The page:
If you’re planning on studying in the UK, you will most likely need a Tier 4 Visa. Here’s a website that will guide you out of the abyss and hopefully get you a successful Visa application – http://www.vfsglobal.co.uk/malaysia/. You can also ring Malaysian British Educational Cooperation Services (MABECS) and their consultants will answer all your queries regarding your UK Visa Applications. The contact details can be found HERE

Upon receiving your Confirmation of Acceptance for Studience (CAS) from your university, you will have to submit an online application. Fill in the online form, get a tuberculosis test done from the assigned centers (there is a specific list approved by the UKBA which can be found HERE), make an appointment with the Visa office and make sure you have all your documents. Last but not least, show up for your appointment on time! All of this is stated on the website given. After all that, you’re all set!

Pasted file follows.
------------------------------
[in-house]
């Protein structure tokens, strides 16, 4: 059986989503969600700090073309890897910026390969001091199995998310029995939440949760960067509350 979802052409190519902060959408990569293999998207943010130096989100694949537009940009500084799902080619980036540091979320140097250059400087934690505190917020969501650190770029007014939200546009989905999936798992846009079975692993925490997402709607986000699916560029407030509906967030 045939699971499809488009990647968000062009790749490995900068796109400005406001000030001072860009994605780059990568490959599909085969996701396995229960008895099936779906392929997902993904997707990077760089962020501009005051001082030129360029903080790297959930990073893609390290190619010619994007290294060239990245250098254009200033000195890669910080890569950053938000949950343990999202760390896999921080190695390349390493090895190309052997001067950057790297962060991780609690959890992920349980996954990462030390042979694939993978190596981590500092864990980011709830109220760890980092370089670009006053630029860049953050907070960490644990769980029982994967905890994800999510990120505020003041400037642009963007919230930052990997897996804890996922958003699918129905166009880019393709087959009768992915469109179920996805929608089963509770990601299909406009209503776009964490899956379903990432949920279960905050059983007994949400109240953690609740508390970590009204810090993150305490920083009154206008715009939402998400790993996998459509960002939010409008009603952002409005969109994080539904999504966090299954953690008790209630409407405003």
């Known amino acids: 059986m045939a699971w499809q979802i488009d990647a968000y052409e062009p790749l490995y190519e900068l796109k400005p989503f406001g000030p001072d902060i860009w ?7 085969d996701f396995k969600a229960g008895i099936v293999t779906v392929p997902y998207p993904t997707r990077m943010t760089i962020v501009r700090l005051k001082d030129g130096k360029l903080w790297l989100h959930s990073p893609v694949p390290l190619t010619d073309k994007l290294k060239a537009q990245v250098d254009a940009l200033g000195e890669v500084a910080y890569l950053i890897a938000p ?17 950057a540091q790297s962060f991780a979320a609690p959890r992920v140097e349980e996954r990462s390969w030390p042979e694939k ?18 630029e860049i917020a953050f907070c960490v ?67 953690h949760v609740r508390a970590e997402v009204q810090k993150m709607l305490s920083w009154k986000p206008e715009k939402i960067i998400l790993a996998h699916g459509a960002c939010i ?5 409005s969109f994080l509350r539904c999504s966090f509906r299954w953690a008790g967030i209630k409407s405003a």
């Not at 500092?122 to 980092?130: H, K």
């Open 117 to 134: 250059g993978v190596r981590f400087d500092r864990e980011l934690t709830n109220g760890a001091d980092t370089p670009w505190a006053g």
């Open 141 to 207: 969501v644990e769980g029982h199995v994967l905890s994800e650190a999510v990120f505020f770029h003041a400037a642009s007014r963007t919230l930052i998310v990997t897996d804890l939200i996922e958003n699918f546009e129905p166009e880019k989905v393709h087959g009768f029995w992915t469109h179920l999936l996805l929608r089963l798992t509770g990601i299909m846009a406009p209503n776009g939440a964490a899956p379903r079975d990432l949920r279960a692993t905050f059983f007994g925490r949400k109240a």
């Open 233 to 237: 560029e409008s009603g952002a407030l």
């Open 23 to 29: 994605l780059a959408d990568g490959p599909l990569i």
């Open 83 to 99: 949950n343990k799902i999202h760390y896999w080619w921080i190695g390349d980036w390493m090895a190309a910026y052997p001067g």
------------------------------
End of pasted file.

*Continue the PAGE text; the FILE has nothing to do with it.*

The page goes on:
Step 3: Shopping & Packing

There’s a reason ‘check the weather’ is included in step 1. In order to go shopping, you need to know what to buy and what you already have. Otherwise, you will be spending loads of money on things that you probably won’t need. Keep track of weather forecasts so you know if you’ll need a jumper or a hat. Know yourself before you shop or pack. The golden rule of packing is asking yourself the following: “Am I going to shop there?” If you’re anything like me, you probably will. Aim to be financially and spatially savvy, do some research, ask around, compare the prices of clothing items in the country you’re in and in the country you’re going to. Chances are, super thick coats are probably more expensive in tropical Malaysia than freezing-cold England. You can also take it to another level and find out when all the sales are.